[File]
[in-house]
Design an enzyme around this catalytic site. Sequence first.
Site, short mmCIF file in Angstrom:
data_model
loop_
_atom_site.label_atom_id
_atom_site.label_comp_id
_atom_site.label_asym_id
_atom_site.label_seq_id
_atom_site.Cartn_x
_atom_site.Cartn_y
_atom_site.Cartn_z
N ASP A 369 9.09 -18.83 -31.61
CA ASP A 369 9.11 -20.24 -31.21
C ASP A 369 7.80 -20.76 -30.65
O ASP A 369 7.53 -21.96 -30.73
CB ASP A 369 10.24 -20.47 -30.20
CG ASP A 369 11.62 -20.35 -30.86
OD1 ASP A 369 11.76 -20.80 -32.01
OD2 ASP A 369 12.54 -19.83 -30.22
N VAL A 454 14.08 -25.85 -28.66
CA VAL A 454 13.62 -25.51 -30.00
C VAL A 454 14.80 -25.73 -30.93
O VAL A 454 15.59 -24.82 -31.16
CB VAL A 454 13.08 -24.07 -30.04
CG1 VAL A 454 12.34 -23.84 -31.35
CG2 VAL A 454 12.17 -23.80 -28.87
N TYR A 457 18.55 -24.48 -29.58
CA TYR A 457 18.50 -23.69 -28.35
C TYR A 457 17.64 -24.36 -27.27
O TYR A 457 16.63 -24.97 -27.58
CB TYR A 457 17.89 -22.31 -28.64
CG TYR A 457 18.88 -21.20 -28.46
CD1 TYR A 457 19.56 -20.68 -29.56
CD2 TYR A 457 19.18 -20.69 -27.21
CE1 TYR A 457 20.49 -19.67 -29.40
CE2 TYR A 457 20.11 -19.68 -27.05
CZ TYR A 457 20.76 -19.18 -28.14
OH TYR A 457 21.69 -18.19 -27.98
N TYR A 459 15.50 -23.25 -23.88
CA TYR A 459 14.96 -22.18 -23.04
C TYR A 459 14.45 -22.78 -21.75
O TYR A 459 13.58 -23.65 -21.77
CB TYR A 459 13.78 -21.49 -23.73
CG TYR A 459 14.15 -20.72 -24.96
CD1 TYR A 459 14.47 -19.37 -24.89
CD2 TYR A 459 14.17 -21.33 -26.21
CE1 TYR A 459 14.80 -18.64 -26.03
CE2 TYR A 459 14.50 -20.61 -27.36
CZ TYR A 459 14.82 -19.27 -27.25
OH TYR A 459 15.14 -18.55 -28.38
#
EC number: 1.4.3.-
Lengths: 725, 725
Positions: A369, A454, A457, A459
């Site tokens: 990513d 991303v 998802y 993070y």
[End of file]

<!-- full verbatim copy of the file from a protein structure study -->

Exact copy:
[in-house]
Design an enzyme around this catalytic site. Sequence first.
Site, short mmCIF file in Angstrom:
data_model
loop_
_atom_site.label_atom_id
_atom_site.label_comp_id
_atom_site.label_asym_id
_atom_site.label_seq_id
_atom_site.Cartn_x
_atom_site.Cartn_y
_atom_site.Cartn_z
N ASP A 369 9.09 -18.83 -31.61
CA ASP A 369 9.11 -20.24 -31.21
C ASP A 369 7.80 -20.76 -30.65
O ASP A 369 7.53 -21.96 -30.73
CB ASP A 369 10.24 -20.47 -30.20
CG ASP A 369 11.62 -20.35 -30.86
OD1 ASP A 369 11.76 -20.80 -32.01
OD2 ASP A 369 12.54 -19.83 -30.22
N VAL A 454 14.08 -25.85 -28.66
CA VAL A 454 13.62 -25.51 -30.00
C VAL A 454 14.80 -25.73 -30.93
O VAL A 454 15.59 -24.82 -31.16
CB VAL A 454 13.08 -24.07 -30.04
CG1 VAL A 454 12.34 -23.84 -31.35
CG2 VAL A 454 12.17 -23.80 -28.87
N TYR A 457 18.55 -24.48 -29.58
CA TYR A 457 18.50 -23.69 -28.35
C TYR A 457 17.64 -24.36 -27.27
O TYR A 457 16.63 -24.97 -27.58
CB TYR A 457 17.89 -22.31 -28.64
CG TYR A 457 18.88 -21.20 -28.46
CD1 TYR A 457 19.56 -20.68 -29.56
CD2 TYR A 457 19.18 -20.69 -27.21
CE1 TYR A 457 20.49 -19.67 -29.40
CE2 TYR A 457 20.11 -19.68 -27.05
CZ TYR A 457 20.76 -19.18 -28.14
OH TYR A 457 21.69 -18.19 -27.98
N TYR A 459 15.50 -23.25 -23.88
CA TYR A 459 14.96 -22.18 -23.04
C TYR A 459 14.45 -22.78 -21.75
O TYR A 459 13.58 -23.65 -21.77
CB TYR A 459 13.78 -21.49 -23.73
CG TYR A 459 14.15 -20.72 -24.96
CD1 TYR A 459 14.47 -19.37 -24.89
CD2 TYR A 459 14.17 -21.33 -26.21
CE1 TYR A 459 14.80 -18.64 -26.03
CE2 TYR A 459 14.50 -20.61 -27.36
CZ TYR A 459 14.82 -19.27 -27.25
OH TYR A 459 15.14 -18.55 -28.38
#
EC number: 1.4.3.-
Lengths: 725, 725
Positions: A369, A454, A457, A459
């Site tokens: 990513d 991303v 998802y 993070y």